Shaking his head, he got up and went to answer the door. He needed something his mind could deal with, and answering the door seemed safe. As he passed the prototype, it moved liquid fast. It flew up Joe’s leg and around his waist eventually moving to his right arm. The segments pressed to his clothing as the pincer legs closed around his arm. He shook it vigorously but it refused to come loose. Not in any pain he continued to shuffle over to the door, shaking his arm a little as he went. He couldn’t risk damaging it, but the pincers were interlocked now. He wasn’t getting it off unless he could power the unit down, or introduce some serious torque. When he reached the door there was another loud series of echoing bangs from the other side.
Opening the door, he blinked out into the full sun of the morning. A man with a clipboard stood just inside the arch of the door.
“You Joe Jireh?”
“All right, sir. How are we sir? Apologies for our tardiness sir, but the order did only come in a few hours ago, sir. Burning Sword Demolitions, sir. Sign here, here and here.” The man pushed the clipboard into Joe’s hands, and clicked a pen with the other hand. Not being one to quibble with someone with the proper paperwork Joe signed and signed and signed, handing back the clipboard to the man. Joe regarded the man for a second and then asked a question which would have served him better ten seconds previous.
“So what’s this about?”
“Better come with me sir. Safer over by the car.”
The man took Joe by the arm and escorted him to a car parked out by Luther’s place. When they had cleared about half the distance there was the sound of screeching metal and tearing steel. Joe turned quickly around to see several large machines eating their way through the warehouse. Joe let the man with the clipboard pull him the second half of the distance, to the rusted out metal tables in front of the diner.
“Got your paperwork in this morning. It was a bit rushed and we couldn’t get ya to the door for the last hour or so. Otherwise should be all done in about 10 minutes.” The man slid a sly smile onto his face and waited for some kind of response from Joe. Joe was sill rather hypnotized by the quickly shrinking façade of his former place of employment. In about ten minutes the last of the machines had devoured the warehouse and all evidence of the last six days of his life were all gone.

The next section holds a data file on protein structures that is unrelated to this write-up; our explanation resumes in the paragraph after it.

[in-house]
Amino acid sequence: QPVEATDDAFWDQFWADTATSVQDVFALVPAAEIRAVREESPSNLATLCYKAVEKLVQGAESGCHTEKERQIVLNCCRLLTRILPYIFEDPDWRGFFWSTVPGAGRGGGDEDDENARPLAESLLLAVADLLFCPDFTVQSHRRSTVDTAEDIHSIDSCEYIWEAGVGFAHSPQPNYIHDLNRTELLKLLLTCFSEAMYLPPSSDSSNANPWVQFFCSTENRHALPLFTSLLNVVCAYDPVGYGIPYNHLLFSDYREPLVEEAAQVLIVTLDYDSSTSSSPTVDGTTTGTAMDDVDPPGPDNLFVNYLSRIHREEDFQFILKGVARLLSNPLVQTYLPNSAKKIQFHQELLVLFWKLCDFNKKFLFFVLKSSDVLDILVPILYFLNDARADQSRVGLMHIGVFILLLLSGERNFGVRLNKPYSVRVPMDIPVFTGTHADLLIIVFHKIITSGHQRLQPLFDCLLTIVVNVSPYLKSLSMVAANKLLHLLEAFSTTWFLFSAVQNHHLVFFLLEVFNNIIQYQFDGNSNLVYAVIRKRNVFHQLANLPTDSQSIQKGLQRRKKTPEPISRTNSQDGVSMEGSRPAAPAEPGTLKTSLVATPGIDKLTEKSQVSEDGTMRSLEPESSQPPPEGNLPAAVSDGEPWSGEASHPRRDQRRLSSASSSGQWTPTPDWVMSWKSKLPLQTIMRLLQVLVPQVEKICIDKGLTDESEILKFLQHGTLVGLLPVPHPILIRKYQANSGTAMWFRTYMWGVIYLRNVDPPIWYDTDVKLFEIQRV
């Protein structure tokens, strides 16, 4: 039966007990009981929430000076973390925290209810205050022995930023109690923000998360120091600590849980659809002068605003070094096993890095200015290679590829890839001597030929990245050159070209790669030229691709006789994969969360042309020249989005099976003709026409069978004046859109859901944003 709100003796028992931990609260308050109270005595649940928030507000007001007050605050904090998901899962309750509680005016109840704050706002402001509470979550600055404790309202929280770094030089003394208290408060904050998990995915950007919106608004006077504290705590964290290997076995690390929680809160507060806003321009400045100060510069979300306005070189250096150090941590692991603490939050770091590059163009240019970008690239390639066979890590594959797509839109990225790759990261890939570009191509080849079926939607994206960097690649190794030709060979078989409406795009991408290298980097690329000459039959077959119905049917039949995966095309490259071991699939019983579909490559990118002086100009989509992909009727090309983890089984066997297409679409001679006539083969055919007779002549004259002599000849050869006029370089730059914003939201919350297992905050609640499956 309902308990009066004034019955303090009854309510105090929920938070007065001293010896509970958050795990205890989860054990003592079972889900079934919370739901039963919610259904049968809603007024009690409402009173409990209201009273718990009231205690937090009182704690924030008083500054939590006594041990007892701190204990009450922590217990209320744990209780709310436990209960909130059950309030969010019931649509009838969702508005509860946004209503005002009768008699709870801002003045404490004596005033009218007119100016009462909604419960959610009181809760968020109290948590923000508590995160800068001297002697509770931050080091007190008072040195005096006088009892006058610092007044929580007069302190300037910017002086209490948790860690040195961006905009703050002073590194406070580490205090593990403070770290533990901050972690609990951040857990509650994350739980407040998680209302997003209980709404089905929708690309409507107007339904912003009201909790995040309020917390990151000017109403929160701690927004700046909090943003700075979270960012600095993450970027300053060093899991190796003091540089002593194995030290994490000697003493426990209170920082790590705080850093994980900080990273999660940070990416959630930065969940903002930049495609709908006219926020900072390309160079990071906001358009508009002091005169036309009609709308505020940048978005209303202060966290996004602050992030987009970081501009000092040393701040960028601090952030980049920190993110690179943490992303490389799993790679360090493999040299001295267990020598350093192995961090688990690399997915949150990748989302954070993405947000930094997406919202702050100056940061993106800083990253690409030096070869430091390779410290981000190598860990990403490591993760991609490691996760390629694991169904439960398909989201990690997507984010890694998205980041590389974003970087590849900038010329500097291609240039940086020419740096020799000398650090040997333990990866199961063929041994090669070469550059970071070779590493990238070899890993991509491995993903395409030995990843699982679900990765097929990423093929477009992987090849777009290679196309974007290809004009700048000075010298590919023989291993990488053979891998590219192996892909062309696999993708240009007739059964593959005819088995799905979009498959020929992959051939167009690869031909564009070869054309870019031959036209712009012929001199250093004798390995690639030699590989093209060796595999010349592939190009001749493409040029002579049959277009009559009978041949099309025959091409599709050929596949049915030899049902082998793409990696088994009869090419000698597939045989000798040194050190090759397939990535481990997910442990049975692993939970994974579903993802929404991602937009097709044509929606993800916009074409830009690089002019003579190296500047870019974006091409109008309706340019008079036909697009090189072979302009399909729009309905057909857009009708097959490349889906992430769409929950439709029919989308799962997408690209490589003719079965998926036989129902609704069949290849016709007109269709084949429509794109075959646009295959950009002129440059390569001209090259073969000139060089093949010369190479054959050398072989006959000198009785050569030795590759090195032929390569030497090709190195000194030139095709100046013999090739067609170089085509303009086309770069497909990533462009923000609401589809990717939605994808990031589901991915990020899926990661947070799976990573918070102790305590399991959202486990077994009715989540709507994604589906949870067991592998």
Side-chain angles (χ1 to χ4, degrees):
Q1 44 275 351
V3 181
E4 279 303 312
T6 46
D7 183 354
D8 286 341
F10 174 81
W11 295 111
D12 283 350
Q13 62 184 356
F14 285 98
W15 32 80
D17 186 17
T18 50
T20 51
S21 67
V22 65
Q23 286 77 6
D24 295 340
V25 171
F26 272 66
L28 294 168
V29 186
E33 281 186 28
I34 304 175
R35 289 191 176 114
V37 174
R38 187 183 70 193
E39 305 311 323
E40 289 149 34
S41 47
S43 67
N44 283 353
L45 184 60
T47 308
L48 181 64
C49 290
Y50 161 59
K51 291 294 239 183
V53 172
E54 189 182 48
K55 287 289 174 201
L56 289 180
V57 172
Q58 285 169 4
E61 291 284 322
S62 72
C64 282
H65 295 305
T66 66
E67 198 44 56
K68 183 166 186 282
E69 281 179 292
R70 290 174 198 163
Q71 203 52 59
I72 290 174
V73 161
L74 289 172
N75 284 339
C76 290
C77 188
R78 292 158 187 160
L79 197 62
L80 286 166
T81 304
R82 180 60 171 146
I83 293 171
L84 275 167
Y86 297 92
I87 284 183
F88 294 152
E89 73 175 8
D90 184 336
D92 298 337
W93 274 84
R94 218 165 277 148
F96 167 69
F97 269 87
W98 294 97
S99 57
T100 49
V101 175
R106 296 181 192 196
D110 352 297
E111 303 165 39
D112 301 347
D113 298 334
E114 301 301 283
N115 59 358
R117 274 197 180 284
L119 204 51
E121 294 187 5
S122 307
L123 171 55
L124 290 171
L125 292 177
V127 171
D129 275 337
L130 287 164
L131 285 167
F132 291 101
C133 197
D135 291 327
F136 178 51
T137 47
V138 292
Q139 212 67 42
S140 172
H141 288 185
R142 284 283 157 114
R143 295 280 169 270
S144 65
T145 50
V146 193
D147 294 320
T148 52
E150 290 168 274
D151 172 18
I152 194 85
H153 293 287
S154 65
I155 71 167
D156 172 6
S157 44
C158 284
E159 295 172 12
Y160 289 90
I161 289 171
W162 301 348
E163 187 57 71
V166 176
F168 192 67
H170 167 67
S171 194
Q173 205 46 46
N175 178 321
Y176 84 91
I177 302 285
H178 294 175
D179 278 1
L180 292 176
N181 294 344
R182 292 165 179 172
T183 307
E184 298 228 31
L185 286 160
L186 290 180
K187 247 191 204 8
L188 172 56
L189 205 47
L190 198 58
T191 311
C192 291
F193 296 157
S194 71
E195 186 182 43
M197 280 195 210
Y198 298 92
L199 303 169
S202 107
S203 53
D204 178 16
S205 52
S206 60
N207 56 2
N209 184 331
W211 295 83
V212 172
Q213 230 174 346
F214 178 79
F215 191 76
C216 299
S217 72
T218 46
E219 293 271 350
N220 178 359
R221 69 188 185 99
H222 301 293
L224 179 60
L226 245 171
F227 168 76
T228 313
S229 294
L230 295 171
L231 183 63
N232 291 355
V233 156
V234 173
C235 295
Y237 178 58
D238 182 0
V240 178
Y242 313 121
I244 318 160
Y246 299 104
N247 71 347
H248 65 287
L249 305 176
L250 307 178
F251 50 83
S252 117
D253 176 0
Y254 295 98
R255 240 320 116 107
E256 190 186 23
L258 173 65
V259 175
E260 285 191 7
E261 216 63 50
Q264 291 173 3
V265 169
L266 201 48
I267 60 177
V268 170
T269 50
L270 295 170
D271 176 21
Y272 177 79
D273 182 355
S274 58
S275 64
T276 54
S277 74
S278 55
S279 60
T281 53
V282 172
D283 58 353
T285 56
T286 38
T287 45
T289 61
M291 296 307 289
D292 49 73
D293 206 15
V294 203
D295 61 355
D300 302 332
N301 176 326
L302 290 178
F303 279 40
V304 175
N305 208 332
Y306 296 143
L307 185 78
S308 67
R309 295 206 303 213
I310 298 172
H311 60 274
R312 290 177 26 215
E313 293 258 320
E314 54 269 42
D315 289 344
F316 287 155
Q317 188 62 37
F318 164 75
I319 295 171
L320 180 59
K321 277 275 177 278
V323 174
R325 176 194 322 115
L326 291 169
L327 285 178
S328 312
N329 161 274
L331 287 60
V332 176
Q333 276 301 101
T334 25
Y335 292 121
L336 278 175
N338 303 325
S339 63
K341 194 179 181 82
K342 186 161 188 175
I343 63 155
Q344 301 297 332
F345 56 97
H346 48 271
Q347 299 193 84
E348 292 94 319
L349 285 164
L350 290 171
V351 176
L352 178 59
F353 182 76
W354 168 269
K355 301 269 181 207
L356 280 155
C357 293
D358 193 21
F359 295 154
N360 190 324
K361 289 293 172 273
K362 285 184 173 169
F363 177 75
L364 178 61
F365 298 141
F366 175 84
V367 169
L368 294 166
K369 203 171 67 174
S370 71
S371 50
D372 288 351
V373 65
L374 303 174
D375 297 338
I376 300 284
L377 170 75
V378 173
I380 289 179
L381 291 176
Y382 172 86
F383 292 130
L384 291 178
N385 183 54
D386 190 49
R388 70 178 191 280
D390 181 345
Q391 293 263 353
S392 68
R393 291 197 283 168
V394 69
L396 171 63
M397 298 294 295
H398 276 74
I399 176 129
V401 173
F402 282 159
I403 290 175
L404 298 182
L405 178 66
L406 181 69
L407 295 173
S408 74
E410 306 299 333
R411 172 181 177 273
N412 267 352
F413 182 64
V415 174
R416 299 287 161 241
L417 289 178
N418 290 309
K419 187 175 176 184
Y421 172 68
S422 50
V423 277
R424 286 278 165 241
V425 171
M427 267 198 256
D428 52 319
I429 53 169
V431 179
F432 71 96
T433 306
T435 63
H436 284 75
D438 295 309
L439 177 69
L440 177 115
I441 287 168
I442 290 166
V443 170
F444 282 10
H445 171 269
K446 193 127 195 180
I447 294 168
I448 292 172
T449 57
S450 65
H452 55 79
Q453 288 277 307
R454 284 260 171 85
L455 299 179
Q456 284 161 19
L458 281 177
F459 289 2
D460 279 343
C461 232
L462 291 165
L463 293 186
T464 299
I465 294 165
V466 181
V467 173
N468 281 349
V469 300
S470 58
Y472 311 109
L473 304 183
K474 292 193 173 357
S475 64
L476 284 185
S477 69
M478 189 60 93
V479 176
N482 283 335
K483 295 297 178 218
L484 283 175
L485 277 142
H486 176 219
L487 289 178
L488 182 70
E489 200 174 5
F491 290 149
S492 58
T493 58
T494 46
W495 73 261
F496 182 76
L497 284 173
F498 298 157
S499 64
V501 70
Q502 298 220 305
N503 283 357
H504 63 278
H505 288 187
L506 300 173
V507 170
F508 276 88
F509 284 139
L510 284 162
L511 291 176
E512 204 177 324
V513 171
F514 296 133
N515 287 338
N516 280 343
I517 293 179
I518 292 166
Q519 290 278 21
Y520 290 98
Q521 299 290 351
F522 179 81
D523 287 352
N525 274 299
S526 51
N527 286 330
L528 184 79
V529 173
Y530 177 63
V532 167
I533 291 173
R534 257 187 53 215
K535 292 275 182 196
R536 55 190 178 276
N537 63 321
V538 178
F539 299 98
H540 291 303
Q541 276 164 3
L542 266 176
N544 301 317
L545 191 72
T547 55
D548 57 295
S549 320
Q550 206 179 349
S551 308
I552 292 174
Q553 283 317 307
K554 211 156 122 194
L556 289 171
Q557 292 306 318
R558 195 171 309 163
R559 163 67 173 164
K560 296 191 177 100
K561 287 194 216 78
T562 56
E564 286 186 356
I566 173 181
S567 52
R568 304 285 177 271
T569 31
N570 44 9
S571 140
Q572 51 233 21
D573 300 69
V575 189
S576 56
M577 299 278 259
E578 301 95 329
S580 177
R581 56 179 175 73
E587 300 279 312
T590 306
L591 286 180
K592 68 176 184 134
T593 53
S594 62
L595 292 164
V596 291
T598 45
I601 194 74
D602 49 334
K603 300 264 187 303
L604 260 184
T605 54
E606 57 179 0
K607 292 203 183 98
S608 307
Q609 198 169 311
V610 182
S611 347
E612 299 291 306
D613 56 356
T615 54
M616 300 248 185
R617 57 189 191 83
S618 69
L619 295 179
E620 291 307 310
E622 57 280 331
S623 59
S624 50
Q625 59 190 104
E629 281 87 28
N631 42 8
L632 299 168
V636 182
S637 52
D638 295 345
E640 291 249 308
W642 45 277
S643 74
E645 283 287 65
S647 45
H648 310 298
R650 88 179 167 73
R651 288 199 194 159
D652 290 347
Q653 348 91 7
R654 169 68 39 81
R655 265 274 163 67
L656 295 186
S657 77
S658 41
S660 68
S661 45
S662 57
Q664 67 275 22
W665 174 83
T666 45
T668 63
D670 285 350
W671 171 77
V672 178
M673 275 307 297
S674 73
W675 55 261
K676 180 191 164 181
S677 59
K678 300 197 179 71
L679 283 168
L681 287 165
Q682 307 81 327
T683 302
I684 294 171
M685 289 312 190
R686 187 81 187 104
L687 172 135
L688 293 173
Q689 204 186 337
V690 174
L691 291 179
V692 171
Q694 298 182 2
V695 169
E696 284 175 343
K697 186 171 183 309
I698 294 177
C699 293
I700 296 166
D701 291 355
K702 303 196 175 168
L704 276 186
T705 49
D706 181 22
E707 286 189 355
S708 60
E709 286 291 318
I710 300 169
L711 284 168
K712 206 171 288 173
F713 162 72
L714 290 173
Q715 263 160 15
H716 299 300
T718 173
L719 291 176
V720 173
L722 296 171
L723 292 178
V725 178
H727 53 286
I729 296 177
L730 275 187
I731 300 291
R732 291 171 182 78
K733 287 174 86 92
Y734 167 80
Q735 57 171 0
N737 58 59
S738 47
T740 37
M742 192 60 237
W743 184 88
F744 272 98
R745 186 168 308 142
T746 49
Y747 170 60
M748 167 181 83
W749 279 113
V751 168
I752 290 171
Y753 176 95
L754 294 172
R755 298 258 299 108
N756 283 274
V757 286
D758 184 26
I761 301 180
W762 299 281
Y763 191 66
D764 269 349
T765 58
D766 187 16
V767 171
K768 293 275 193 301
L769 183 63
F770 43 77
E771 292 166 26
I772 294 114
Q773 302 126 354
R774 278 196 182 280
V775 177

“Why?” Joe finally managed.
“Whatcha mean? I told ya. Paperwork came in this morning.”
“Right. Who ordered it?”
“Says here order came down from Adam Prototype, CEO of Skitter Cleaning Services Industries.”
Joe looked down at the prototype still attached to his arm, and then back at the now empty lot of his former employer.
“What’s that? And eh, what’s with the menagerie?”
Joe looked back at the man about to explain the nature of the sentient equipment on his arm when he processed the second question. Looking down he saw that all of the smaller Skitters were now all around them. Behind the man, Joe could see they spelled out “He should go.”
“Look we are all done here right?” Joe asked.
“Right you are, sir. Thanks for the work.” The man moved off in the direction of the receding building devourers. Joe was left alone with his new circus. He stared dumbly around himself for a minute and came up with the first pertinent question, which he directed to his arm.
“How?” The Skitters formulated a response. “Apple.”
Joe put it together. The new life on his arm had somehow tapped into the computer terminal on his workbench, absorbed enough information to become sentient and then ordered the building destroyed. All made sense. Except for all those parts where it didn’t. Joe moved down to the second most pertinent question.
“What’s next?” The Skitters responded with “Explore.”
“Well we’ve got all of New Jersey around us, where would you like to start?” The prototype twitched on his arm and laser array pointe off down the road toward a Cab Stand. The Skitters spelled out, “New York”.
“Why New York?” The Skitters took a few minutes to put together their first full sentence.
“It’s too dirty here.”
Joe decided not to argue with the new life form and moved off to the cab stand. He guessed if you have the whole world to explore, you didn’t want to stay around the Garden State if you didn’t have to. No sense wandering in the wilderness.
Daniel W Eavenson is a professional engineer and amateur author living and working in the Chicago-land area. He was born in the south of Mississippi but escaped in his early years. He’s the son of a Southern Baptist preacher and a teacher (recently turned court reporter). His love of science and technology led him to a career in Engineering. His dislike of corporate America has led him to writing sci-fi and fantasy. You can find Daniel on Twitter @Sinisterinfant and at his website at thegigpodcast.com